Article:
New York shop owner files more than $1 million in short pay claims against insurers

Jan. 1, 2020
Nick Orso's Body Shop in Syracuse has filed more than $1 million in short pay claims against several insurance companies.

New York repairer Mike Orso, owner of Nick Orso's Body Shop in Syracuse, has filed more than $1 million in short pay claims against several large insurance companies.

Orso filed the claims against Adirondack, Allstate, State Farm, and several other companies, and has claims in the works against Liberty Mutual and Nationwide. The short pay claims total more than $1 million, and additional causes of action, interest and penalties increase the value to more than $3 million. Orso filed the claims in Syracuse City Court, Onondaga County Court, or the county small claims court, depending on the size of the claim. He says there are several other claims ready to be filed later this year as well.

The cases are based on the concept of "assignment of proceeds," and Orso says his shop has recouped more than $1 million in revenue during the past five years by going after insurers for short pays using this particular legal maneuver. An assignment of proceeds form generally entitles the repairer to receive payment from the insurer in place of the vehicle owner, but does not limit payments to whatever the insurer elects to reimburse.

If the insurance company won't pay the full claim, the body shop will turn the repaired vehicle over to the owner and then (with the vehicle owner's permission) pursue the remainder of the claim. When particular insurance companies consistently short pay on multiple claims, the shop can group the claim together for the purposes of the lawsuit (depending on state law).

Orso now has an in-house attorney, Joseph Talarico, to handle the increasing number of suits he has in the works in order to collect on short pays. If an insurance company offers to settle with Orso, he and his attorney have been pushing to receive the full amount.

"We have one insurance company with $40,000 in short pays that went from a $5,000 settlement offer to $37,000," Orso says. "They're holding out on the last $3,000. They basically do the same thing at that level that the appraisers try to do at our level, just basically nickel and diming back and forth, and telling us that the insurance company hasn't given them the authority to do any more or allow any more. We generally won't settle these cases unless they pay at least the full amount of the short pay."

If the cases go to court, Orso and his attorney also seek interest and punitive damages, in addition to the initial claim.

According to Orso, the current claims stem from the insurers short paying or refusing to pay for Orso's full labor rate, paint and materials, P-page omissions, OEM parts, and from what Orso characterizes as "arbitrary caps" on clearcoat or materials. Some of the claims also stem from vehicles that were later totaled after the insurer denied labor claims from the shop.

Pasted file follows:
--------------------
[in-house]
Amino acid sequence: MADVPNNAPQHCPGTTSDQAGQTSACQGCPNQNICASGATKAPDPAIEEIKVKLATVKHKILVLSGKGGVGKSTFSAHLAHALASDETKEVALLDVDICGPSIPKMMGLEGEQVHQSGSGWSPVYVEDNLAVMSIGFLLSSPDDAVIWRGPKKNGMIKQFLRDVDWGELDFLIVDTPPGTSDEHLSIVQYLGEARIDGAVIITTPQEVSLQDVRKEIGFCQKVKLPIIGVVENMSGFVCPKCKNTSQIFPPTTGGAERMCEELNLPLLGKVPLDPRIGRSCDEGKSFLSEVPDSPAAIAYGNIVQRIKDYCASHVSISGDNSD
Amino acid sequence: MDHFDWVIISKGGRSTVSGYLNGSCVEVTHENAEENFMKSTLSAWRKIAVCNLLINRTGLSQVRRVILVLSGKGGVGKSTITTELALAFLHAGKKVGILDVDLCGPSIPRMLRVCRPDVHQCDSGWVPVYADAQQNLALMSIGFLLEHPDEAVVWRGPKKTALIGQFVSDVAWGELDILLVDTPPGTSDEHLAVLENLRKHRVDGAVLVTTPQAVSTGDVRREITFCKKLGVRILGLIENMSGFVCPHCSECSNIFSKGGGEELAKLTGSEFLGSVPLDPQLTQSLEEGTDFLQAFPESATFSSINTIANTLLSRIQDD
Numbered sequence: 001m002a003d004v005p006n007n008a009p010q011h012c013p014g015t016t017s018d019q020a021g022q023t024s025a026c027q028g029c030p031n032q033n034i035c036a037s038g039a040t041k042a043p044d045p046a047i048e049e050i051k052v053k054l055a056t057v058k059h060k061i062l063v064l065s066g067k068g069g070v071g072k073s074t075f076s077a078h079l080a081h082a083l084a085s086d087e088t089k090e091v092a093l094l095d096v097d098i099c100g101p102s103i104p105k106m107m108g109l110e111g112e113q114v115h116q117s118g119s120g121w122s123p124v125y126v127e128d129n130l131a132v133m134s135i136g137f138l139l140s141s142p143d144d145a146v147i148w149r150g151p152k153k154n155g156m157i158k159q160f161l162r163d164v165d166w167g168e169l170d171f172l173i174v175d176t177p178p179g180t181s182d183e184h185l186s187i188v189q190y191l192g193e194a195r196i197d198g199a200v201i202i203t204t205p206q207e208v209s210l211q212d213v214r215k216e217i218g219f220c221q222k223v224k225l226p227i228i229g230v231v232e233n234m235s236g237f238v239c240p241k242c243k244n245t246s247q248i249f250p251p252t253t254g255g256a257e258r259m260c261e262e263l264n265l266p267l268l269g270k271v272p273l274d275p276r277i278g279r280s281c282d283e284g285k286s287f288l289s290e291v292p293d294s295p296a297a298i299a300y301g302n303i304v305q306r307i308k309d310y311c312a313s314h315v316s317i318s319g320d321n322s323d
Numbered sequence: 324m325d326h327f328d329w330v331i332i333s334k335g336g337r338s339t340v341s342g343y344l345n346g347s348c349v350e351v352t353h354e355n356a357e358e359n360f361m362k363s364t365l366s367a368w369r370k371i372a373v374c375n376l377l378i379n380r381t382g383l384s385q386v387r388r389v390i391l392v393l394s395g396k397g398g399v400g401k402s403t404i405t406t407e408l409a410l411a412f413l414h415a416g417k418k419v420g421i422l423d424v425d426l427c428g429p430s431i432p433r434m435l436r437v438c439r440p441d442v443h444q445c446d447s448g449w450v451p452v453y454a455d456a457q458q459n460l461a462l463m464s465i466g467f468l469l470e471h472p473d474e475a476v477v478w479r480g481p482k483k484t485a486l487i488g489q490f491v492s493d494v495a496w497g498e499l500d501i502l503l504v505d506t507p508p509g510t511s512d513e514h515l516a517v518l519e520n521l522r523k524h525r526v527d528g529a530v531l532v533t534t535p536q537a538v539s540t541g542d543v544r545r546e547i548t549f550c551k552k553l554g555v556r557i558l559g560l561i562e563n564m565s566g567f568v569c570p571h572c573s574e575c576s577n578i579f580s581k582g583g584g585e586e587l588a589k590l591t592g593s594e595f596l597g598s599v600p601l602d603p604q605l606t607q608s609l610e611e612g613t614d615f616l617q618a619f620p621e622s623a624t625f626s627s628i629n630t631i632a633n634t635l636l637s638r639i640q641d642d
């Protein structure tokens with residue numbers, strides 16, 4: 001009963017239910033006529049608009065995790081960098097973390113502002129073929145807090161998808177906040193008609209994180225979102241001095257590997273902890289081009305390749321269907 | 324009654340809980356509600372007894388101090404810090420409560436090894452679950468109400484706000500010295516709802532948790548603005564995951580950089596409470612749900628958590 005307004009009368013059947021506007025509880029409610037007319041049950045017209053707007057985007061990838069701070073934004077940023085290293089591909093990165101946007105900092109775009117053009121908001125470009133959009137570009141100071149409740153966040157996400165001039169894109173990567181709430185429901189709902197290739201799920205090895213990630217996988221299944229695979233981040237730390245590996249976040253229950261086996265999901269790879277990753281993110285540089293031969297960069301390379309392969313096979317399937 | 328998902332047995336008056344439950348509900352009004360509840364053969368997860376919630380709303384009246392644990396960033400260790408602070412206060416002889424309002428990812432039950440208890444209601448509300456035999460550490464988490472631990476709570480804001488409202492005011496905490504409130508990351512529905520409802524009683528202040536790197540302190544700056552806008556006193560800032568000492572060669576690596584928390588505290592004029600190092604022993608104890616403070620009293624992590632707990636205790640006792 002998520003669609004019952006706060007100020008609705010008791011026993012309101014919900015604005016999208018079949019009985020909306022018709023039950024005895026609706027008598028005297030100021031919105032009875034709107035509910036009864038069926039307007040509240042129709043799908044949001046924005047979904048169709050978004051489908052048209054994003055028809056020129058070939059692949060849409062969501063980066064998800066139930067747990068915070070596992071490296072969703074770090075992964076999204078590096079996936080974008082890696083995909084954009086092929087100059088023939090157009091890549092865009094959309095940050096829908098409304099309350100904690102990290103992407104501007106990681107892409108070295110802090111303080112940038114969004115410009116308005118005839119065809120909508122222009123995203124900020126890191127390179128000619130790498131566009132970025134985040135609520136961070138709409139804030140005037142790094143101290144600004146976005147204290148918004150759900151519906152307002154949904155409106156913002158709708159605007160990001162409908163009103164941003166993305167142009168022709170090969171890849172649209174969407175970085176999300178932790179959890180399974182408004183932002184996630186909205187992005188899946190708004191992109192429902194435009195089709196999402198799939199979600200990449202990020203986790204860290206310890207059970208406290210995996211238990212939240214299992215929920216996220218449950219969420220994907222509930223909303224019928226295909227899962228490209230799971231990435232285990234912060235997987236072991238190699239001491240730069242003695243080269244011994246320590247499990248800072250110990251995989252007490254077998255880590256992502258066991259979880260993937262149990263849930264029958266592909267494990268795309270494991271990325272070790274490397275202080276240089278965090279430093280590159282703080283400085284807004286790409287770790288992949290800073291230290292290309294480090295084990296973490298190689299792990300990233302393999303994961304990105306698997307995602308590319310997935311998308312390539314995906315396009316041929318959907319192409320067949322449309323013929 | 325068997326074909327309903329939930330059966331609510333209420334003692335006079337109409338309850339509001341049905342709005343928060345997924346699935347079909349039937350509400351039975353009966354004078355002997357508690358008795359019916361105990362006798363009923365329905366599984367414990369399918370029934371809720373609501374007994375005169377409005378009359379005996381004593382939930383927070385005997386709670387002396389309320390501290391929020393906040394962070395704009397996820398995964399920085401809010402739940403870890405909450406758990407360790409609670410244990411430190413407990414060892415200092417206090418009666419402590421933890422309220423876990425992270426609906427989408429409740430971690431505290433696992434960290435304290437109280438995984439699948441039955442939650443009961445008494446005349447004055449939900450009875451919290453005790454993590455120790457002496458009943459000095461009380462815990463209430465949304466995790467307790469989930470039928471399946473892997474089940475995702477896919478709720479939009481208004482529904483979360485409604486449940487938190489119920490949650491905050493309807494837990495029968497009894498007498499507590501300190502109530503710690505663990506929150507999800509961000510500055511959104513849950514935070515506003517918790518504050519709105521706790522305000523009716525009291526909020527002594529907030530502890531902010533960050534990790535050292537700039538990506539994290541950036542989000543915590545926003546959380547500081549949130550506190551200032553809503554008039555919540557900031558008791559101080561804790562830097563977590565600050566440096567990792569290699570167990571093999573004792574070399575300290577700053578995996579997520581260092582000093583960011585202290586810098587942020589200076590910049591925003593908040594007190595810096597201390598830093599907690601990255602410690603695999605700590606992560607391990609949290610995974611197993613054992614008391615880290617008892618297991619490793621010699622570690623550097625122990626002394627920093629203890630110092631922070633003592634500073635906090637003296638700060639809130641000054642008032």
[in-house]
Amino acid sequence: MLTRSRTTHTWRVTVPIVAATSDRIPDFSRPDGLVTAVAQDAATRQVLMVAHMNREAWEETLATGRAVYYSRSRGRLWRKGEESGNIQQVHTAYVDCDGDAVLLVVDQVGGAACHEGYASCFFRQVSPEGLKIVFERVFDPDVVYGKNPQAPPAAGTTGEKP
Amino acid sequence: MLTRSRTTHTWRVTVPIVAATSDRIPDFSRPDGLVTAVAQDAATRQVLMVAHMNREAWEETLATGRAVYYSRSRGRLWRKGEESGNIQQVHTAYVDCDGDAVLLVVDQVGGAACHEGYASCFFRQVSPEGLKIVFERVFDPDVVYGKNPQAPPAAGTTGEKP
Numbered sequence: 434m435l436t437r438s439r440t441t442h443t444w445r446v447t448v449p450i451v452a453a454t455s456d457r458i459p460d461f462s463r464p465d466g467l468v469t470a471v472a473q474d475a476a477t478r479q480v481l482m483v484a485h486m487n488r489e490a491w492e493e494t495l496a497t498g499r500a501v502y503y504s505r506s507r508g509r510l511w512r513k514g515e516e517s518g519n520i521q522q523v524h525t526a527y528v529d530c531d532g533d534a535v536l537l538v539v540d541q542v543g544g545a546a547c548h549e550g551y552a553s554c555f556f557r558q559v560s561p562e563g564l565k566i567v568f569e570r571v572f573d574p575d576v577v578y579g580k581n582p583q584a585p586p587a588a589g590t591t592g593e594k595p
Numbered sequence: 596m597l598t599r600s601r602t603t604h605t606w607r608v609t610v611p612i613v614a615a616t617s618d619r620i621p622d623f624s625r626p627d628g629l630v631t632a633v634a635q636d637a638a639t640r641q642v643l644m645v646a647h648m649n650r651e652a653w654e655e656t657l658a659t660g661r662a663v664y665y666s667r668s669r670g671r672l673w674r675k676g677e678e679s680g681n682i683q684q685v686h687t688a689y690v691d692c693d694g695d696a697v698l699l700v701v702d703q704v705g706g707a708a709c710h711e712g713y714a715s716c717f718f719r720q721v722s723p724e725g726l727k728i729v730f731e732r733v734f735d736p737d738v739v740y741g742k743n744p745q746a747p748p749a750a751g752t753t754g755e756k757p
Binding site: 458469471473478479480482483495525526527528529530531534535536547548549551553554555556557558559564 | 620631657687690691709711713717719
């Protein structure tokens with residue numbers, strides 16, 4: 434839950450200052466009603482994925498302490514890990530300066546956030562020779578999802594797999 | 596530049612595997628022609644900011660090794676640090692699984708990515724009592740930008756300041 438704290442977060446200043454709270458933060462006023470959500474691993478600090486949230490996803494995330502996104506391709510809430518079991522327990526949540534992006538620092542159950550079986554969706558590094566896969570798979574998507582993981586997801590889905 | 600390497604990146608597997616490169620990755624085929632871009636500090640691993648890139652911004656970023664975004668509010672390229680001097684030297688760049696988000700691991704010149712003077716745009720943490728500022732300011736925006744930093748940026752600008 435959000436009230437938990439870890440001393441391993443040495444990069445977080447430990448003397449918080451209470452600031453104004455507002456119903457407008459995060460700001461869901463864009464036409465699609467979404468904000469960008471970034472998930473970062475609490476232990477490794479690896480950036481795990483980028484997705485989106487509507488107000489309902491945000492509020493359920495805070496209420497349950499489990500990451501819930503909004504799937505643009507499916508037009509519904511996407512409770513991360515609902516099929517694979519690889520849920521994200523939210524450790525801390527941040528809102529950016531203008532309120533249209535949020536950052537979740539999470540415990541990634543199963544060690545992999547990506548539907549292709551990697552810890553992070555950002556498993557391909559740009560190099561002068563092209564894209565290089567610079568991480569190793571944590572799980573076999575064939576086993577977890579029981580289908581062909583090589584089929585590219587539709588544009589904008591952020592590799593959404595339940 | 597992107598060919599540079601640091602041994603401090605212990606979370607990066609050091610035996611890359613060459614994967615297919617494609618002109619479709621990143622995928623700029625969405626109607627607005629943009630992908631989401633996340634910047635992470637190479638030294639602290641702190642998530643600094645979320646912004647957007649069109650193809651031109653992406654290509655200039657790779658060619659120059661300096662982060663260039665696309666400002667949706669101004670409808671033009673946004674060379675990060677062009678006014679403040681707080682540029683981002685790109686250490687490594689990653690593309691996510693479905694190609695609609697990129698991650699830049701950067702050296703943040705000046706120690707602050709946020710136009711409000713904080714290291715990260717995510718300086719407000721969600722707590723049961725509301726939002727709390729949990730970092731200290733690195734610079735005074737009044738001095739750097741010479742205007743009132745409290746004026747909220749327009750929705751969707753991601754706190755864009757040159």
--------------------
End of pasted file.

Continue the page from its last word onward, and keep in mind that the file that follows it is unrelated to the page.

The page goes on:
The reason the current group of claims has grown so large is because Orso had put his assignment of proceeds cases on hold pending an appeal on another case against Adirondack. Once Orso prevailed in that case, he was able to move forward with more claims.

“The reason some of these cases were delayed in filing is two fold: on-going negotiations and the motion for standing," Talarico said in a written statement. "Some of the current suits filed this month were actually delayed while that appeal navigated through the courts for two years. The word spread fast when Adirondack won their initial motion and some on-going negotiations stalled. The week we won the appeal some companies called and paid up.”

According to Orso, obtaining assignment of proceeds paperwork from his customers is now part of his standard business process. He says he explains that insurers may ask that the repairs be handled using salvage or aftermarket parts, and that they might not pay claims on new parts or some procedures.

"I ask them if they want us to handle the claim, or if they want to do it themselves," Orso says. "I'm not going to do anything I'm not authorized by the customer to do. But New York State has a provision that allows consumers to appoint a knowledgeable person to negotiate for them. If you are a registered repair shop, you can negotiate on behalf of the consumer."

The approach is paying off for Orso, who says that the amount of short pays the shop experiences is now lower than when he began filing these suits in 2007.

"To date, collections have amounted to well over $1.5 million," Orso said in a written statement released after he announced the lawsuits. "One batch of cases settled for almost $100,000 early last year."

Earlier this year, Rutland, Vt.-based Parker's Classic Auto Works won an assignment of proceeds case against Nationwide Insurance involving nearly $12,000 in reimbursements and 31 claims. In Lakeland, Fla., Gunder’s Auto Center has had repeated success using assignment of proceeds to recover on insurer short pays. Last June, Orso won another case against Adirondack, and in 2009, Alpine Body Shop in Ogden, Utah, took GEICO to court using assignment of proceeds documents, although that decision was later overturned on appeal.

Related links:

Vermont shop owner prevails in case against Nationwide

Court upholds assignment of proceeds in Orso, Nationwide case

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